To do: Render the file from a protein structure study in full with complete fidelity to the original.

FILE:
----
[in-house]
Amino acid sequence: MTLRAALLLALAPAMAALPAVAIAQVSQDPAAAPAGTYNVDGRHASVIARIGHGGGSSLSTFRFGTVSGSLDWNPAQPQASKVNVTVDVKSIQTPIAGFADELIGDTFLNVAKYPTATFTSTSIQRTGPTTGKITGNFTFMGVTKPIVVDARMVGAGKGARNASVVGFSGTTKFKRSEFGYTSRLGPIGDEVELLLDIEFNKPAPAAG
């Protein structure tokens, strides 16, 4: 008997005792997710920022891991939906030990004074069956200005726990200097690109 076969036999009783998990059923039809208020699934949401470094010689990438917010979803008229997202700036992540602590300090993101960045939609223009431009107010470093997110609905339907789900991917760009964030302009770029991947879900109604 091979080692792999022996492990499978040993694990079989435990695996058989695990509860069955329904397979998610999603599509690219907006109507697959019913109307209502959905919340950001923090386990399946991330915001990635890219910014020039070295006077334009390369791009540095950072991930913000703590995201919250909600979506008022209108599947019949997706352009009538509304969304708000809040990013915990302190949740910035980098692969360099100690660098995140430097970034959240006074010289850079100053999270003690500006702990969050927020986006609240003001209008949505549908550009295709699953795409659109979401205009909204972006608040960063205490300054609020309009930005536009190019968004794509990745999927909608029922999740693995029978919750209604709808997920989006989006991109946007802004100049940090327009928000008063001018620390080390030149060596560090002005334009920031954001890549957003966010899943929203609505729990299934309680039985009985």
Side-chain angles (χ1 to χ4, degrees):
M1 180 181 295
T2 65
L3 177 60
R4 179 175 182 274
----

[in-house]
Amino acid sequence: MTLRAALLLALAPAMAALPAVAIAQVSQDPAAAPAGTYNVDGRHASVIARIGHGGGSSLSTFRFGTVSGSLDWNPAQPQASKVNVTVDVKSIQTPIAGFADELIGDTFLNVAKYPTATFTSTSIQRTGPTTGKITGNFTFMGVTKPIVVDARMVGAGKGARNASVVGFSGTTKFKRSEFGYTSRLGPIGDEVELLLDIEFNKPAPAAG
């Protein structure tokens, strides 16, 4: 008997005792997710920022891991939906030990004074069956200005726990200097690109 076969036999009783998990059923039809208020699934949401470094010689990438917010979803008229997202700036992540602590300090993101960045939609223009431009107010470093997110609905339907789900991917760009964030302009770029991947879900109604 091979080692792999022996492990499978040993694990079989435990695996058989695990509860069955329904397979998610999603599509690219907006109507697959019913109307209502959905919340950001923090386990399946991330915001990635890219910014020039070295006077334009390369791009540095950072991930913000703590995201919250909600979506008022209108599947019949997706352009009538509304969304708000809040990013915990302190949740910035980098692969360099100690660098995140430097970034959240006074010289850079100053999270003690500006702990969050927020986006609240003001209008949505549908550009295709699953795409659109979401205009909204972006608040960063205490300054609020309009930005536009190019968004794509990745999927909608029922999740693995029978919750209604709808997920989006989006991109946007802004100049940090327009928000008063001018620390080390030149060596560090002005334009920031954001890549957003966010899943929203609505729990299934309680039985009985």
Side-chain angles (χ1 to χ4, degrees):
M1 180 181 295
T2 65
L3 177 60
R4 179 175 182 274